Other machine learning techniques have also been used for font or character pattern generation. Lake et al. Lake2015

proposed an interesting way to generate handwritten patterns by Bayesian program learning. This approach infers a rule to draw an example pattern and then applies the rule to generate new patterns. Baluja

Baluja2017 used a CNN-like neural network that is originally trained for font type discrimination. The neural network outputs a single letter or all alphabet letters from a limited number of examples.

2.4 Font Generation by GANs

Recently, there are several attempts that utilize GANs for font generation. The zi2zi Kaonashi2017

is a method that converts a certain font pattern into a target font pattern based on a combination of the pix2pix

Isola2016 , AC-GAN Odena2017 , and domain transfer network Taigman2017 . Although the generated fonts have sharp outlines and include a variety of styles, the target font is restricted to those having a large number of character types such as Japanese, Chinese, and Korean; thus it is difficult to apply this method to alphabets that consist of few letters.

Many other methods have also been proposed. Chang and Gu Chang2017

proposed an example-based font generation by GANs that uses a U-net as its generator for character patterns with the target style. They claimed that their method is easier in balancing the loss functions than zi2zi. Lyu

et al. Lyu2017

used a GAN along with a supervised network, which is an autoencoder that captures the style of a target calligrapher. Azadi

et al. Azadi2018 proposed an example-based font generation method by using a conditional GAN that is extended to deal with fewer examples. Lin et al. Lin2018 proposed a stroke-based font generation method where two trained styles can be interpolated by controlling a weight. Guo et al. Guo2018 used a skeleton vector of the target character and a font style vector (called a shape vector) as inputs for their GAN-based font generation network. Inspired by Campbell2014 , they also built a font manifold of those vectors and use it for generating various new font styles. Bhunia et al. Bhunia2018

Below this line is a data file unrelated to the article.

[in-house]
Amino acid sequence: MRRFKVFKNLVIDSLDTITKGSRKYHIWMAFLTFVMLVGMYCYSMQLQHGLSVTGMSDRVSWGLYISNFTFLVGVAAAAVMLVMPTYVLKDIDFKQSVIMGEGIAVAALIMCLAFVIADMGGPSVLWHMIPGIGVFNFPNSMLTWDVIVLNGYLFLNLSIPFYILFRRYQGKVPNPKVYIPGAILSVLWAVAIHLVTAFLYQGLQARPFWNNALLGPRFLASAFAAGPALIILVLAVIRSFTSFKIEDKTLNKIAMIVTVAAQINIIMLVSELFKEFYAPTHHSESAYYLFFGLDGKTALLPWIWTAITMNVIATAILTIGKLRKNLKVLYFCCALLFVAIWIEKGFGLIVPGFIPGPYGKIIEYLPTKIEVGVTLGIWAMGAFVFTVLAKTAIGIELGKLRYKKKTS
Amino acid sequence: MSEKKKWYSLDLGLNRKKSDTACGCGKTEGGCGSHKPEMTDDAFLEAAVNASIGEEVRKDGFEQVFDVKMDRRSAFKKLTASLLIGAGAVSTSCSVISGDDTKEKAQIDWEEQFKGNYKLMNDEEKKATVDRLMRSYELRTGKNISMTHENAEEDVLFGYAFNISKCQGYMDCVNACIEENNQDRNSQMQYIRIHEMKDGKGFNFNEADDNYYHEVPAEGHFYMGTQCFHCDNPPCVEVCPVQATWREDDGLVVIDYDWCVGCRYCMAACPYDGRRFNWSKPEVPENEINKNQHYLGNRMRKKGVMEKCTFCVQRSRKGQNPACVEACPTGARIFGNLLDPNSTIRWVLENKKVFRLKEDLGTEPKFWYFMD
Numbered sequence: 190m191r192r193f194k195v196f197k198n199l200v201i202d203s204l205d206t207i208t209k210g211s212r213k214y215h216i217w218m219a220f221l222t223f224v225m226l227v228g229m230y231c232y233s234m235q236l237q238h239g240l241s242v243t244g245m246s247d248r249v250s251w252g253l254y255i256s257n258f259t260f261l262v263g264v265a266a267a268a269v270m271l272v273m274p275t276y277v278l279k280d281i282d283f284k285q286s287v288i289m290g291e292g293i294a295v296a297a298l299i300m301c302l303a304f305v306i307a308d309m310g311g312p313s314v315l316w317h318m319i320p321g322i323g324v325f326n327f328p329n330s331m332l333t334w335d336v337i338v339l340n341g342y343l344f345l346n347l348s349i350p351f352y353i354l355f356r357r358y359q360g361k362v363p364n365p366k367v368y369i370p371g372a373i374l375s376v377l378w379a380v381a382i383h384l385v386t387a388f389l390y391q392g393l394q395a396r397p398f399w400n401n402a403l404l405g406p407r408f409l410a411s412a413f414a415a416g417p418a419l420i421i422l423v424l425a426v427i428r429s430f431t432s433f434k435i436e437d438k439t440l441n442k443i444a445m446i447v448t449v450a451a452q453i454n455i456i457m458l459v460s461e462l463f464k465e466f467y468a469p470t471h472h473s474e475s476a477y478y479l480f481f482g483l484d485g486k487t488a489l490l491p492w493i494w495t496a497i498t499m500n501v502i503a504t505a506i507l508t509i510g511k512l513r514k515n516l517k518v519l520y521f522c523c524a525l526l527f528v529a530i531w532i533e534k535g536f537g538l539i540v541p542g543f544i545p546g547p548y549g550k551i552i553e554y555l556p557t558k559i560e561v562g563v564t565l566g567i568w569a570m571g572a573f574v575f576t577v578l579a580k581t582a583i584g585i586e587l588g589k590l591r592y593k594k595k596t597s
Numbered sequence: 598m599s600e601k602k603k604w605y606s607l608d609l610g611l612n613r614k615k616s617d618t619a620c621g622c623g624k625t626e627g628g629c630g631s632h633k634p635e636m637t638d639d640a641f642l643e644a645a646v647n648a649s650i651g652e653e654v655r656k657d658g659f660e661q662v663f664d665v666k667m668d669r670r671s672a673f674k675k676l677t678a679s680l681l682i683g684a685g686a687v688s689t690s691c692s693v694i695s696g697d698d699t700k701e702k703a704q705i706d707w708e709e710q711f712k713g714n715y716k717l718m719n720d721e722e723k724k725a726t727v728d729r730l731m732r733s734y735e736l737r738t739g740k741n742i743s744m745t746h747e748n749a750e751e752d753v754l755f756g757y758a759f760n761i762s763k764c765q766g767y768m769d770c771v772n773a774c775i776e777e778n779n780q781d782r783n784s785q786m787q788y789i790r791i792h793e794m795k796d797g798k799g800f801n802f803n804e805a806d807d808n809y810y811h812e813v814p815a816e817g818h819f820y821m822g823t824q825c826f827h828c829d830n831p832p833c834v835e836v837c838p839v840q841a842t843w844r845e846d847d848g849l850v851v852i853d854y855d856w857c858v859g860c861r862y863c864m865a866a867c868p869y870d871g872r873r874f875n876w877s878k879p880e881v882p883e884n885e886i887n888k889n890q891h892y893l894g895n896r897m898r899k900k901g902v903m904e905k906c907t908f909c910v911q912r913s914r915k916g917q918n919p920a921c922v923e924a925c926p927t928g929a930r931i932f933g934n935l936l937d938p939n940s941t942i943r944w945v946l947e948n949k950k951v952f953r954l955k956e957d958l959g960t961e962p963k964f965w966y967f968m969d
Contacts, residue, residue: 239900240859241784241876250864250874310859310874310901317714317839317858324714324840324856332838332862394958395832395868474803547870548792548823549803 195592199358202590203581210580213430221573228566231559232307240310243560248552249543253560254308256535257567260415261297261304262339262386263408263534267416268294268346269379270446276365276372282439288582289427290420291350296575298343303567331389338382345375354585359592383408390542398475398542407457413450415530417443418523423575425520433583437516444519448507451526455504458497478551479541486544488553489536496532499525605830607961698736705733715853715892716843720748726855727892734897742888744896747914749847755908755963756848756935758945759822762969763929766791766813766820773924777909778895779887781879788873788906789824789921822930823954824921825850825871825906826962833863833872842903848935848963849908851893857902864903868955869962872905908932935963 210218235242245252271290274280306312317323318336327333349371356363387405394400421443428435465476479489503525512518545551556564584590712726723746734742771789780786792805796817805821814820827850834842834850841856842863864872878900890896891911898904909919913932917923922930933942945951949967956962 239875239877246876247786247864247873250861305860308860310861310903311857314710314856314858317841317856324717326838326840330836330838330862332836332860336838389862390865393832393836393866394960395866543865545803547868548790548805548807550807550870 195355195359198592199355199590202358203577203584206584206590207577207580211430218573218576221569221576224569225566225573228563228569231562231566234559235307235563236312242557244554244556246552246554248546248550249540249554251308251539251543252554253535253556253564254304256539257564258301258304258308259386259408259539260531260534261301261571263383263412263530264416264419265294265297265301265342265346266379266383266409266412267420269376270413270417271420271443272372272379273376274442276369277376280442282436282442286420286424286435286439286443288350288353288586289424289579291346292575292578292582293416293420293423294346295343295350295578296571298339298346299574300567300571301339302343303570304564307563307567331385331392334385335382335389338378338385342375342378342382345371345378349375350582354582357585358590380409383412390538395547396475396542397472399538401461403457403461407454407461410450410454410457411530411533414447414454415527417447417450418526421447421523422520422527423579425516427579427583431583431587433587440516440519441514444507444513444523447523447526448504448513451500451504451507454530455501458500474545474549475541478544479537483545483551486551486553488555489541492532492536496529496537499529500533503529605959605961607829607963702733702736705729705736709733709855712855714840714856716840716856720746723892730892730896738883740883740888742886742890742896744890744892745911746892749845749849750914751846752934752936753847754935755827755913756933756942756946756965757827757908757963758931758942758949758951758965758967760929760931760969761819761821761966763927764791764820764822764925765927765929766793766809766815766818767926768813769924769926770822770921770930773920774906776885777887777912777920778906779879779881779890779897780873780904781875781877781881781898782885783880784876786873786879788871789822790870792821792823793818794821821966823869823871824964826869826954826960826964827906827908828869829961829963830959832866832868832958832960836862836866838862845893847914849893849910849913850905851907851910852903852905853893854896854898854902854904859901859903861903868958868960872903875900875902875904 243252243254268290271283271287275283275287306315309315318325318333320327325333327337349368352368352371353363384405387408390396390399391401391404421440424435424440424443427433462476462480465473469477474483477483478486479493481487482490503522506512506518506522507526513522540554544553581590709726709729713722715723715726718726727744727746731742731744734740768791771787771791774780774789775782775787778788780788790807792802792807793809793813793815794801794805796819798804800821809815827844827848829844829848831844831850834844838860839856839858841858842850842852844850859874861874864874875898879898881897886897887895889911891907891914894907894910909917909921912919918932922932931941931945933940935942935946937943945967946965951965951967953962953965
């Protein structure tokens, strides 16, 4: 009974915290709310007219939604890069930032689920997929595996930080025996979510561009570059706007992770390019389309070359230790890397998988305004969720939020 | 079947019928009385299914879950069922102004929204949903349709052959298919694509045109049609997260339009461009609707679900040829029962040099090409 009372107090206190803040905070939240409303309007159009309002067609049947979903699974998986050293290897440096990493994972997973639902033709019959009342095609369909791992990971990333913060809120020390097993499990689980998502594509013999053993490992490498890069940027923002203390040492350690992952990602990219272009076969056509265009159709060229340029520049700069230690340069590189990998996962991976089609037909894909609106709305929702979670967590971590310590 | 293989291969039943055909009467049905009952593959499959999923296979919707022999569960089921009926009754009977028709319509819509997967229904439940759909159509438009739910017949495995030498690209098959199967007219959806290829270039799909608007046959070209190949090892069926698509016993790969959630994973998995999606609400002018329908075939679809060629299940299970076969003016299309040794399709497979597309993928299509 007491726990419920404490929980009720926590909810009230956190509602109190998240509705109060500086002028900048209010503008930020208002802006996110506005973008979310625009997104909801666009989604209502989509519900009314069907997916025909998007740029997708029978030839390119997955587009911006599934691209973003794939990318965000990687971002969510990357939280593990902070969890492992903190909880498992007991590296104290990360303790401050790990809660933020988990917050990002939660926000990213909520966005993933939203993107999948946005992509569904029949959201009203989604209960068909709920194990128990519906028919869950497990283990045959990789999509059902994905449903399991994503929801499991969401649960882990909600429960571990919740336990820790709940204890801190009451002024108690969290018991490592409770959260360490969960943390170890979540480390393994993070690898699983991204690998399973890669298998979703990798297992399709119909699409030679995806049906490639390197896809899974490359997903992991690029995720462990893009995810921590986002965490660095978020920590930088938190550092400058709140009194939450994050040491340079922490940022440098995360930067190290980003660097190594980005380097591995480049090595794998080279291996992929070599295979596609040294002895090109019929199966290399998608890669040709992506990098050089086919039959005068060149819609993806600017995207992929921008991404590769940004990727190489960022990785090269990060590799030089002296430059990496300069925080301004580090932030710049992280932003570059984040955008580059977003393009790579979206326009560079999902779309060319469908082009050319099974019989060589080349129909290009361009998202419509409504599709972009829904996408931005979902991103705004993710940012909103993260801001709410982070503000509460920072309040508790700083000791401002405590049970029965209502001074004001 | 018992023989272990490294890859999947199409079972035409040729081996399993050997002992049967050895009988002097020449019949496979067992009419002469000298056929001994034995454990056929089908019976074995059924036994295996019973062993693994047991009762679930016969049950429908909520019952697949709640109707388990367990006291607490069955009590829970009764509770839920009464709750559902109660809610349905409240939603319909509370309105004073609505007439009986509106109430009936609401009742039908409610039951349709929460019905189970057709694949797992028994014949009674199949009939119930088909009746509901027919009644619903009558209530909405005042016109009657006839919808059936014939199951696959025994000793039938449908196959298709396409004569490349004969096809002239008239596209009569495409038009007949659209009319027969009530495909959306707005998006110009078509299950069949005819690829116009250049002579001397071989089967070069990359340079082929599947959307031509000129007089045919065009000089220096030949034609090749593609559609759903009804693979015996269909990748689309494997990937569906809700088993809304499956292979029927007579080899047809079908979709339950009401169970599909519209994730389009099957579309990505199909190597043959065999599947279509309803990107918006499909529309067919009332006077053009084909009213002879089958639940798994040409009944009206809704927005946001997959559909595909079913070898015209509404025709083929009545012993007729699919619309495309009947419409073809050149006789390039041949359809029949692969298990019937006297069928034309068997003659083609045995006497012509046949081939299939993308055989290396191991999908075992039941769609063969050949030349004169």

used long short-term memory (LSTM) units in their generator to have a variable-length word image in a specific font.

The main difference between the above GAN-based font generation methods and the proposed GlyphGAN lies in the way of providing input. The above methods are based on image-to-image transformation, where a new font is generated by adding style information to character class information extracted from a reference character image given as an input. This approach allows for a large number of character classes, whereas the generated font potentially depends on the shape of the input image; hence the generation of a completely novel font is difficult. Different from such an approach, GlyphGAN employs only abstracted inputs as vectors, thereby allowing the generation of fonts not seen in the training image. Although it is difficult to maintain legibility and style consistency in this approach, we manage to improve these important natures by embedding both the character ID and style information into the latent vector and introducing the loss function of the Wasserstein-GAN gradient penalty.